A kilowatt-scale pilot plant that can generate solar-powered heat and green hydrogen has been created by researchers.
The largest solar-to-hydrogen plant built to date generates almost half a kilogramme of hydrogen in 8 hours, or just over 2 kilowatts of comparable output power.
Almost 95% of the hydrogen used in the world today is produced by cracking natural gas, a process which also produces carbon dioxide. This hydrogen is mostly utilised to produce fertilisers and other chemicals as well as to refine oil. Yet hydrogen also shows great potential as a fuel for ships and aircraft, as a home heating fuel, and as a source of energy.
But, hydrogen must be produced with little or no emissions utilising nuclear or renewable energy sources. The concept of “green hydrogen” is currently gaining popularity worldwide. For instance, it serves as the focal point of Australia’s attempts to decarbonize its economy.
Solar energy may be used to split water into hydrogen and oxygen, which is one of the most environmentally friendly ways to produce hydrogen. Using photoelectrochemical (PEC) systems, which combine a photovoltaic and an electrolyzer device, this can be accomplished. The photovoltaic (PV) gadget collects solar energy and produces electricity, which powers the electrolytic separation of water. You don’t need to plan and budget for two different systems, according to Haussener. Since it is one integrated system, there is a cost advantage in the long run.
At the laboratory scale, PEC systems have demonstrated to be incredibly promising. Researchers have so far shown off small-scale systems with an output power of under 100 watts. According to Haussener, expanding to larger systems is difficult since it necessitates striking a balance between productivity, stability, and operational costs.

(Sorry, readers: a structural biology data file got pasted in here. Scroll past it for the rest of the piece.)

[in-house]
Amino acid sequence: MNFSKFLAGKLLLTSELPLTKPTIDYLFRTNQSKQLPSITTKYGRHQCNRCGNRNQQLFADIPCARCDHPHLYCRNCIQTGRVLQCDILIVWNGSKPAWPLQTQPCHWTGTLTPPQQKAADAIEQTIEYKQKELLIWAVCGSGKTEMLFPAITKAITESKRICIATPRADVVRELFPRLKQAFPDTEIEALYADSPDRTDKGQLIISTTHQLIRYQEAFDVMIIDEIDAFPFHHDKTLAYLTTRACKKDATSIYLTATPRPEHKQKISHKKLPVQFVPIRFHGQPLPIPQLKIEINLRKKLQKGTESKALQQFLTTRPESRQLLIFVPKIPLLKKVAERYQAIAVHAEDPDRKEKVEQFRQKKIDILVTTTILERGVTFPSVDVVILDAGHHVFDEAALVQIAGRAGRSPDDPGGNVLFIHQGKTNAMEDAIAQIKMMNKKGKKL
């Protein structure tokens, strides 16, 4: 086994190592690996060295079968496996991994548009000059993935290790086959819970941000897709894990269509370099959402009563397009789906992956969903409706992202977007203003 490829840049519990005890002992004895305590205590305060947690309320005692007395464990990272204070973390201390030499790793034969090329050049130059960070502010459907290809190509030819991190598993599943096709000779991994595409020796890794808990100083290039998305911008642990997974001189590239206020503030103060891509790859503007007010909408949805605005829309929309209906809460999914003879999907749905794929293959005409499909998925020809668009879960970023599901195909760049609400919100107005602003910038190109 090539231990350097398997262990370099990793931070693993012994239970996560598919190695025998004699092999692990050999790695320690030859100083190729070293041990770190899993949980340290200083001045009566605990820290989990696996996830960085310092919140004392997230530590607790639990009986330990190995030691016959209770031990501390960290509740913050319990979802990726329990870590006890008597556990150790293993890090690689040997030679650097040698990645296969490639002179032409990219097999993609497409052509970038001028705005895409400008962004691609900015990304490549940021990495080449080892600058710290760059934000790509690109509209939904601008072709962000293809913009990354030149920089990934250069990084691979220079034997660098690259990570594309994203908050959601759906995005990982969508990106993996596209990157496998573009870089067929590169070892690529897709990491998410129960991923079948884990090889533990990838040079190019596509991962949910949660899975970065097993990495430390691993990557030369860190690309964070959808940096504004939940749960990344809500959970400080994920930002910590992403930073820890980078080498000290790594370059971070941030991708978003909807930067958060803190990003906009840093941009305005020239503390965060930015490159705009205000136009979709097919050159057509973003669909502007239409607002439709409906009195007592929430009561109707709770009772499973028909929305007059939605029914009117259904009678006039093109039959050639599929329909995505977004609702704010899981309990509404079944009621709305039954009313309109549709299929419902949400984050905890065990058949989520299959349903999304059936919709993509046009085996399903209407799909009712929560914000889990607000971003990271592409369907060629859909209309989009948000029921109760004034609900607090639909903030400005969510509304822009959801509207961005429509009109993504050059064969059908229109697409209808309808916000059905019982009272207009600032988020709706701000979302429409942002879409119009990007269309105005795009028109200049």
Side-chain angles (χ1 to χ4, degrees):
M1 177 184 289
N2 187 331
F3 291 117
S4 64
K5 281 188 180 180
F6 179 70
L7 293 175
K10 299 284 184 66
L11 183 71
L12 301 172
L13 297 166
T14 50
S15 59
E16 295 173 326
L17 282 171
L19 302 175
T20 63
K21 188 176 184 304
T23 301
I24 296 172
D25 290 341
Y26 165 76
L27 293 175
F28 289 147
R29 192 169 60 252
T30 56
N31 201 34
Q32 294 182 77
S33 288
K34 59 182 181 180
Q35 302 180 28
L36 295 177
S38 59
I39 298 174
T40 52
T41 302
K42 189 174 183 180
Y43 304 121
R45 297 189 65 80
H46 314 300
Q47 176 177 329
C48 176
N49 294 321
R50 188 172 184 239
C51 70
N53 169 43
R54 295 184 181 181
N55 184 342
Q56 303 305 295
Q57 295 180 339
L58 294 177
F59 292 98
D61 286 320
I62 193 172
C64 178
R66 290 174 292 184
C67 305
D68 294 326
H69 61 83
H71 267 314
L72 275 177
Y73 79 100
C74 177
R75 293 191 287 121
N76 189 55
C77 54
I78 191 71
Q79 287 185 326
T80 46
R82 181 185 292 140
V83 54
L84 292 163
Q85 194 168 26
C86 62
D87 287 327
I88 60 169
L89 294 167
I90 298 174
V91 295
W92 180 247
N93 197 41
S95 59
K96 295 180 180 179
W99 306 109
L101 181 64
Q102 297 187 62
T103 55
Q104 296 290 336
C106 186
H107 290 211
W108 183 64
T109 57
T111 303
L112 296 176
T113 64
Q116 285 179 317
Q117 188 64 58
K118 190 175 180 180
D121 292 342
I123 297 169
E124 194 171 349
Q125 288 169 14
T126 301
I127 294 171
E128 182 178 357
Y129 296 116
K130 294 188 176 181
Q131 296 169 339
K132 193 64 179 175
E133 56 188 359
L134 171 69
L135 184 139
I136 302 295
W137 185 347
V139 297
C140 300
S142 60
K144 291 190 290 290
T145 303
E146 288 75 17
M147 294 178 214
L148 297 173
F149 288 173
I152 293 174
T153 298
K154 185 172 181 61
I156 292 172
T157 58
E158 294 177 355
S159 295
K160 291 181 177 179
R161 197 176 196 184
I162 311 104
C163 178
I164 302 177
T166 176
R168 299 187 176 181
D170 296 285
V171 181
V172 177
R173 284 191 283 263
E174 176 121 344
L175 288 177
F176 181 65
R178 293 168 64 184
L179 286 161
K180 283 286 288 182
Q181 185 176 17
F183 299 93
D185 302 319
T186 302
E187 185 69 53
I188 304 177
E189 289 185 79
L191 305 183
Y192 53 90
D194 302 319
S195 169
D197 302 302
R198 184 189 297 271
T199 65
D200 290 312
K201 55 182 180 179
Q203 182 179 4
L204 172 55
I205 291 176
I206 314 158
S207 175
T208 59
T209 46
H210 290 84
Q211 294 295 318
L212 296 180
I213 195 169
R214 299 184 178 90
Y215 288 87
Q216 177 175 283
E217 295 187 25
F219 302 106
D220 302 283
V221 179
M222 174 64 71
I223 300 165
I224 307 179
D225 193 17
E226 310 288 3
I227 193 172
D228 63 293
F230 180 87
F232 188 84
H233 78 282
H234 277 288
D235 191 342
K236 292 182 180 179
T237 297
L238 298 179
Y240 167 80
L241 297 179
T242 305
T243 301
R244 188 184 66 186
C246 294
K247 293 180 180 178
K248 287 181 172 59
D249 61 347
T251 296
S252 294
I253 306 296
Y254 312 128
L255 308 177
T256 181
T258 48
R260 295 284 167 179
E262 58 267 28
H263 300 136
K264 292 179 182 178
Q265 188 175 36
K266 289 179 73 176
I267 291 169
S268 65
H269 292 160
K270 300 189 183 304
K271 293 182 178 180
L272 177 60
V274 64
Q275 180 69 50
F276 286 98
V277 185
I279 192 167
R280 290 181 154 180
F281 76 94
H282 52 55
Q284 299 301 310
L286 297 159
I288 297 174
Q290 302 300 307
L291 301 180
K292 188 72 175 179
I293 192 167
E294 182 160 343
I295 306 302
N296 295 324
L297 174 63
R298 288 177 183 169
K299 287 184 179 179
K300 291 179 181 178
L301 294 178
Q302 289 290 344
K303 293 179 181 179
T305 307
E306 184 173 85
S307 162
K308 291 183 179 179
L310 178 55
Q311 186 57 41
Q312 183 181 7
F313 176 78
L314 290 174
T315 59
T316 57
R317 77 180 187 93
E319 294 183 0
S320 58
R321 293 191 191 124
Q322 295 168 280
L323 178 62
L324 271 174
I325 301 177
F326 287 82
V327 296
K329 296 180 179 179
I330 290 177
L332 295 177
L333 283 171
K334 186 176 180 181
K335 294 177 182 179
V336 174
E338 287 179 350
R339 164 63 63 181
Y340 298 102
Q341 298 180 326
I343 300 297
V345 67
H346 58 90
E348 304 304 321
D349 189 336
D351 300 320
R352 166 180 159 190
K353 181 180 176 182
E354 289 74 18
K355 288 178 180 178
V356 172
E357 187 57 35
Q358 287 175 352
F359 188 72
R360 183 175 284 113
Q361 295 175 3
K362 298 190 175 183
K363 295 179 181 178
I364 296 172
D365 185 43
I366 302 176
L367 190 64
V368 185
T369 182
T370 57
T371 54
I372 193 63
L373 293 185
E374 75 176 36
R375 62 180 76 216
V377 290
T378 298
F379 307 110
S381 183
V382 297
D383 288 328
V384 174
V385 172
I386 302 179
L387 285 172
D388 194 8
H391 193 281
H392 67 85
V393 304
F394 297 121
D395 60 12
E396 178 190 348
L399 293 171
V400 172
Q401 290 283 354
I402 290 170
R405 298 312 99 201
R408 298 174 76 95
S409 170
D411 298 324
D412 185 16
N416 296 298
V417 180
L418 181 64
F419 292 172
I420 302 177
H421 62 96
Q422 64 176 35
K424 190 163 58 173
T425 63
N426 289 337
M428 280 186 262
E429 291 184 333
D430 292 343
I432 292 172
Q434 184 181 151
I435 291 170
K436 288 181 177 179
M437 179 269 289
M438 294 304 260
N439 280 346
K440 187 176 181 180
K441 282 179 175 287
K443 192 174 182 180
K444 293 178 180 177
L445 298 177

She and her colleagues use mirrored reflectors to aim the sun’s rays at a precise location where they then install a solar-cell module in order to strike the right balance. Using tandem multijunction III-V semiconductor solar cells, which are highly effective at converting solar energy into electricity but are prohibitively expensive to use in large-area devices, they produce power.
The researchers constructed a 7-meter-wide parabolic solar dish covered with reflective mirrors for the big kilowatt-scale device they describe in Nature Energy. This dish concentrates solar radiation to almost 1,000 times the sun’s regular output. Over a six to eight-hour period, the dish follows the sun.
A polymer electrolyte membrane electrolyzer, a form of electrolyzer that uses a solid plastic substance as the electrolyte, is powered by the electricity generated by the solar-cell module. When combined with wind and solar energy, which can produce rapid surges in power, these devices have an advantage over traditional electrolyzers because they can function at very high current densities.
The solar cell does not always produce electricity from the concentrated solar energy that it receives. The crew collects some of it using a heat exchanger after some of it is converted to waste heat. According to Haussener, the heat might be used to power industrial processes or provide hot water for space heating in buildings.
Building the system on the EPFL campus and overcoming various design and operational difficulties took the team around two years. Managing the water flow through the system carefully to maximise the utilisation of heat and improve efficiency, for example, was a significant difficulty.
Now, the hydrogen they produce is used to run a fuel cell that generates energy in a building next door. The EPFL team is currently scaling up their hydrogen and heat generating technology to market it through a start-up named SoHHytec.
According to Haussener, SoHHytec is developing a device with a larger, 9-millimeter-wide solar dish. Systems of whatever size that customers require can be created by connecting a number of dishes together. Its first demonstration project, for a metalworking company that would use hydrogen and heat for metal production, is expected to be operational by the end of the year.